QOTD: Care to Let It All Out?
The Twitterverse — which is a horrible place, by the way — finds itself rocked this week, torn asunder and factionalized by the mass signing of a remarkably anodyne letter supporting free speech and open discussion. Twenty-six-year-old NYC bloggers are up in arms; here at Casa Steph, the popcorn bucket’s working overtime.
But while these warriors clash in the online streets over the core tenet of liberal democracy, a great number of opinions, beliefs, and offbeat thoughts remain behind lock and key in our own minds. The subjects these thoughts cover are vast in scope, and one of them is surely cars. Yes, cars. And trucks, and those who build them.
Let’s exercise a little free speech today.
Knowing that each and every one of you will be on your best behavior and keep to the subject at hand, never straying for a moment into digressionary topics (and certainly never leveling personal attacks against other readers for their opinions), let’s get started. We will be kind and thoughtful, understanding that just because someone holds an opinion different than ours, doesn’t mean they’re not allowed to express it.
Disagreement needn’t lead to a hurled rock. We’re adults; let Twitter be the children’s playground.
I’ll get the ball rolling, and forgive me if this sounds like I’m kneeling in a confessional. Perhaps the opinions we air today should be ones we’re a little embarrassed about, or at least not particularly proud of.
Try as I might, I’m not moved by ultra-pricey exotics. Not in the least. Call it the product of a grab bag of factors, some of which I should be ashamed of, but that’s the reality. I couldn’t care less that a new Lambo or McLaren or Bugatti or Koenigsegg is somehow faster than the pinnacle of gold-plated motoring its predecessor was. Good for it. I’d sooner watch John Davis don a teal windbreaker and talk about the Eagle Premier.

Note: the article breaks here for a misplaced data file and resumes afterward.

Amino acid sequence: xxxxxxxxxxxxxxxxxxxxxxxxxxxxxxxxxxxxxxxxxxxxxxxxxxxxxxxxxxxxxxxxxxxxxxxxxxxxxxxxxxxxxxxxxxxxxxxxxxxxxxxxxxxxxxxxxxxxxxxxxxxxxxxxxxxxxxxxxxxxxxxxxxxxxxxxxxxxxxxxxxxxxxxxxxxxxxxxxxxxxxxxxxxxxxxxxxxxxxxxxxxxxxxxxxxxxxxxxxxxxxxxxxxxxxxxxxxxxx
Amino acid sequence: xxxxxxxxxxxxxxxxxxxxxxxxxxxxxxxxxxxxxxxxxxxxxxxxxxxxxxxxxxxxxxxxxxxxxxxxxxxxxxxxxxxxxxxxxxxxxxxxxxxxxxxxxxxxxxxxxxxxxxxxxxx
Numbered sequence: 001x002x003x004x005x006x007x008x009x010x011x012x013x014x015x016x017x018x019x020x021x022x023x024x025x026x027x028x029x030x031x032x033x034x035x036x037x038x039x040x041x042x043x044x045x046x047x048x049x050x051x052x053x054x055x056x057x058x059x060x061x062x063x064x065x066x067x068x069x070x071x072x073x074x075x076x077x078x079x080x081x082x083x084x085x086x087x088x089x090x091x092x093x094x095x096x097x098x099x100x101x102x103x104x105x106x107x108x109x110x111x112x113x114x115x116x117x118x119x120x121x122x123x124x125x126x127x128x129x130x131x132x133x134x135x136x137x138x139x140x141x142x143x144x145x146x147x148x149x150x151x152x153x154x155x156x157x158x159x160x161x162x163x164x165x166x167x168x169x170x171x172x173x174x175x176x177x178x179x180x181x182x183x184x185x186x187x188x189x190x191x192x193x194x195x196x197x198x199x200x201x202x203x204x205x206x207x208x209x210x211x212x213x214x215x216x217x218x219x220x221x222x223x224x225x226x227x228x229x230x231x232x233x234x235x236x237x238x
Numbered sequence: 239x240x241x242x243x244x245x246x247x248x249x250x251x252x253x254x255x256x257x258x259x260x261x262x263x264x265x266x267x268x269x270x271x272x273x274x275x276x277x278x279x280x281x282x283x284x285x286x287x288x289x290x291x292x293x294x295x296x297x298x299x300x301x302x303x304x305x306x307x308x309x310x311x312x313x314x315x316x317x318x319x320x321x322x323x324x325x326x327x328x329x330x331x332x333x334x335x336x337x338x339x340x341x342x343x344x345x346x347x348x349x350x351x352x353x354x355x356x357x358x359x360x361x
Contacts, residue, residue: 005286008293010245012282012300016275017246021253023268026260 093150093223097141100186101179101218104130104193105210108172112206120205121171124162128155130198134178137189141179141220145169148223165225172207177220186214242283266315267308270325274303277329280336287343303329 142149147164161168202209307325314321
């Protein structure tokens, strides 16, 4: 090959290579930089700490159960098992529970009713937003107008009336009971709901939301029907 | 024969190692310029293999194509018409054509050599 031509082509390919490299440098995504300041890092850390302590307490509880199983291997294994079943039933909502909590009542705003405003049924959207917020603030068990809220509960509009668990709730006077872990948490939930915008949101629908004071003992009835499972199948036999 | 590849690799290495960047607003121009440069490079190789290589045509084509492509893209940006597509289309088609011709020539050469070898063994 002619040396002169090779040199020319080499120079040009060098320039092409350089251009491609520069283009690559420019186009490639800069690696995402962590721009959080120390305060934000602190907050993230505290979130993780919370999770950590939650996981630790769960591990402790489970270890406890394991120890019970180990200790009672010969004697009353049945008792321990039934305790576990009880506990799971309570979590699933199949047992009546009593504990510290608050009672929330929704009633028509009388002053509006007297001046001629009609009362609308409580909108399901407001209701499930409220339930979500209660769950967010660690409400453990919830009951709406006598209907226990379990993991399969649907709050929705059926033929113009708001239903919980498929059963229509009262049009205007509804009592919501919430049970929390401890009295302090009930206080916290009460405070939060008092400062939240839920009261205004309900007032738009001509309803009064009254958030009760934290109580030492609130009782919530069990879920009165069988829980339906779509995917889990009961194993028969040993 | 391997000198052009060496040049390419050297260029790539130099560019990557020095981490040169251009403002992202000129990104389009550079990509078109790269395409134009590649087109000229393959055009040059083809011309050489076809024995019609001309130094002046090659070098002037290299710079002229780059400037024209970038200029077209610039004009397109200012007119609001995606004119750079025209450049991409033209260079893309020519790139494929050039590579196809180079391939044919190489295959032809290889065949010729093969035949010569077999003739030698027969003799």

Yes, designers and engineers toil day and night to ensure such vehicles reach new heights of performance and precision, with exacting tolerances and obsessive attention paid to every last detail, but it’s a pursuit of perfection that elicits a yawn from yours truly. Not because I think private wealth should be outlawed and that we should all be on government waiting lists for a new Trabant (a view that’s increasingly popular among auto writers of a certain age), but because they’re rolling Fabergé eggs. Sometimes, the distance between yourself and a product obscures its appeal.
I can’t even view such a vehicle with the childlike wonder typically reserved for other achievements in transportation, like, say, a Saturn V rocket.
So be it.
Alright, let’s hear something about cars or the auto industry that you’ve kept under your hat, something that might elicit cries of “sacrilege!” from friends and family. Shoot.
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